Forget thee not: the ‘enhanced enforcement’ funding for the Internal Revenue Service, $80 billion worth, is ready to ferret cheats among corporates and those suddenly unloved billionaires. Senator Bernie Sanders, I-Petrograd, proposed taxing the latter out of existence, as silly a notion as you’ll hear, swept onto the chamber floor like crumbs of stale proletarian bread.
Hang on: here it comes again into the Senate chamber, set on a silver tray, like poor St. John’s head. That laughed-at idea is again what’s for dinner.
This alarming proposal calls for taxing unrealized capital gains in liquid assets. It is aimed squarely at billionaires who earn at least $100 million for three consecutive years. Will Bernie’s guillotine get built, after all?
This proposal would affect around 700 citizens – the New York Times tells me this is 0.0002 percent of all taxpayers – yet Hill Democrats hope to gain $20 billion per year. One Times reporter called the proposal “groundbreaking,” and that’s what I fear. Once the billionaires are tapped out, who will be next?
Elon Musk tweeted: “Eventually, they run out of other people’s money, and then they come for you.” I don’t expect sympathy for Elon as such, but his warning rings true. At some point, the newly established principle of taxing unrealized gains could be applied to millionaires; once they are tapped out, the retirement savings of average Americans might fall in the crosshairs. Sound mad? Public opposition is already gelling.
House Democrats are questioning the plan on grounds of constitutionality and practicality. What’s going on here? It sounds like the party is playing hardball with Sinema and Manchin. A mild increase in personal and corporate income taxes might become a sensible compromise, given the wild alternative.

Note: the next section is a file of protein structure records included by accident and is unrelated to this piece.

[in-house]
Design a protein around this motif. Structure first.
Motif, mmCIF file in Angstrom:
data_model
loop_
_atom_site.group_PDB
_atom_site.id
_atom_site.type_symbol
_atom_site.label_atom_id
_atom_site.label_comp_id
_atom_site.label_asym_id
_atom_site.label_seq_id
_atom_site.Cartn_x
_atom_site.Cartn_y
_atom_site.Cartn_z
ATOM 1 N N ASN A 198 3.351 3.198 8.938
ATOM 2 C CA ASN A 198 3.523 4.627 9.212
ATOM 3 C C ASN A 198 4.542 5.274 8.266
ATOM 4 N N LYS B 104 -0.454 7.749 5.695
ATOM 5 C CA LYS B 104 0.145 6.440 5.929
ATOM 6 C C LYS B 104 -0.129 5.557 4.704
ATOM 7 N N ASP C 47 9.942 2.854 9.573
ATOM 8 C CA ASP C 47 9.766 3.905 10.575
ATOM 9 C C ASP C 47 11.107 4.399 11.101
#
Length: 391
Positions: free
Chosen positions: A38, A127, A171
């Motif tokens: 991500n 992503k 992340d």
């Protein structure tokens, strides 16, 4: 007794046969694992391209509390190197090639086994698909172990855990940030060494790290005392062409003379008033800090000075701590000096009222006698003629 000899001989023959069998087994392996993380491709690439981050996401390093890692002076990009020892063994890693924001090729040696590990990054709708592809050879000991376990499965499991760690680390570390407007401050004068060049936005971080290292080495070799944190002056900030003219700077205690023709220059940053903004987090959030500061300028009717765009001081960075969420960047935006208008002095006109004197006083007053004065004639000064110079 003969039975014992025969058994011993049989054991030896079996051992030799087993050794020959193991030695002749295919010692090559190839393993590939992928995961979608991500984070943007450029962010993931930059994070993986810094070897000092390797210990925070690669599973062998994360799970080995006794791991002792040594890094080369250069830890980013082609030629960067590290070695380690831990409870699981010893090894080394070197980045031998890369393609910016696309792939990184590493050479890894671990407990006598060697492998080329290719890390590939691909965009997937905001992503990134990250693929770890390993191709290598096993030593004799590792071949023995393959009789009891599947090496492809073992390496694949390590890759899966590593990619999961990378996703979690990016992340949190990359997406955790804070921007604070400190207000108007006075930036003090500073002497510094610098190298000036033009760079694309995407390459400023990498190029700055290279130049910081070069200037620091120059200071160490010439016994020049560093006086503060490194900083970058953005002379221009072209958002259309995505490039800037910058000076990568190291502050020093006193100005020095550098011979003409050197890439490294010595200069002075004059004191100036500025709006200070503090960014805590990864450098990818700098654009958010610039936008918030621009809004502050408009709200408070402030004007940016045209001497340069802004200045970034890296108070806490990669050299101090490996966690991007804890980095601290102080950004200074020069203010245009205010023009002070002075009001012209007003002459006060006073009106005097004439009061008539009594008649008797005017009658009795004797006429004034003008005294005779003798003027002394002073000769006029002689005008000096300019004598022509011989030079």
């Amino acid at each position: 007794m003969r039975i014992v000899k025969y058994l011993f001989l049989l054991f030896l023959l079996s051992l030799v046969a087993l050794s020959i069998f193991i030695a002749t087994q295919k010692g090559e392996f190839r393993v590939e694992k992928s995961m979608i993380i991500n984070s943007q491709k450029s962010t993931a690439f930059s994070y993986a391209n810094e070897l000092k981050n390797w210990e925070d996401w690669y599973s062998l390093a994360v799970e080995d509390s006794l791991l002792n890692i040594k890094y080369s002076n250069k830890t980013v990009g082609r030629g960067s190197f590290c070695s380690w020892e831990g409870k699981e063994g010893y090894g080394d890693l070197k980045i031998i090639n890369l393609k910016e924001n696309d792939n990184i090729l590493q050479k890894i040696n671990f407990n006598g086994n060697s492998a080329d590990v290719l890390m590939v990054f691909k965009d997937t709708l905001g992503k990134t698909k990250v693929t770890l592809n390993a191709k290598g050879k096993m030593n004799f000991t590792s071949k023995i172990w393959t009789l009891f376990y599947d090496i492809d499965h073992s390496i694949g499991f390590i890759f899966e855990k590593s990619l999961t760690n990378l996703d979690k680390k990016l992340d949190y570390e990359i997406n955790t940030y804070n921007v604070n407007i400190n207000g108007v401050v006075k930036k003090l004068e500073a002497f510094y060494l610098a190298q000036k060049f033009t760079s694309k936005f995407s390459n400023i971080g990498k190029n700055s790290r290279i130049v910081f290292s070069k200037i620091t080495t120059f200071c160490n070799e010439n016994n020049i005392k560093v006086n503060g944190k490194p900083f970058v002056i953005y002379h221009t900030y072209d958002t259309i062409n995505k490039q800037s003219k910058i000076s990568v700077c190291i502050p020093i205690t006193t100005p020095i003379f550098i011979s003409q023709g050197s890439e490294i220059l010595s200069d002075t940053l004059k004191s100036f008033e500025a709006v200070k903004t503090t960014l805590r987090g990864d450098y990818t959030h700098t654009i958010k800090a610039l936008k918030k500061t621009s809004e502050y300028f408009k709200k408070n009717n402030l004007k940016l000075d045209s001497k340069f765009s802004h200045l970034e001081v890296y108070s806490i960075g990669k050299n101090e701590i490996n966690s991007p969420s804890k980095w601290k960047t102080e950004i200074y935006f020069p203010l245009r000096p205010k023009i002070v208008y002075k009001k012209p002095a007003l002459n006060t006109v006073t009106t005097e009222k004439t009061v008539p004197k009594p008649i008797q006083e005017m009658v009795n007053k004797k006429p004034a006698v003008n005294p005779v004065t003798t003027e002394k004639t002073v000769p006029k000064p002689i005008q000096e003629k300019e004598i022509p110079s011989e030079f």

I expect more ‘creativity’ from Congressional Democrats in the next weeks. Democrats are even toying with cutting federal spending, of all radical acts. As an example, they propose allowing Medicare to negotiate prices with drug manufacturers – I’m shocked they’re not already doing so. Hopefully, more administrative measures like this one, which could put billions in government coffers without raising anything, will come up for debate.
Whatever they do, I don’t see an easy way forward. Word from the Hill: $3.5 trillion is already a dream. But don’t expect Democrats to give in just yet. There’s plenty of ways to skin a billionaire.
Sinema and Manchin are brave, if nothing else. Their stand recalls the 300 Spartans of history and cinema (my ancestors likely fought at Thermopylae, though I’m not certain for which side). Whatever you think of them, they’re standing on principle, a notion we thought was forgotten in Washington.
Mind you, I hear reports of Senator Sinema’s ‘secret, private office’ in the Capitol basement, where a dirty political war is in session. This is why we, like the Spartans, create myths: right now, the two Senators sound heroic. Why make the tale sordid with talk of subterranean bickering, nail pulling and mare trading? Let’s call them patriots and move on – to consider the next tax proposal, coming up soon.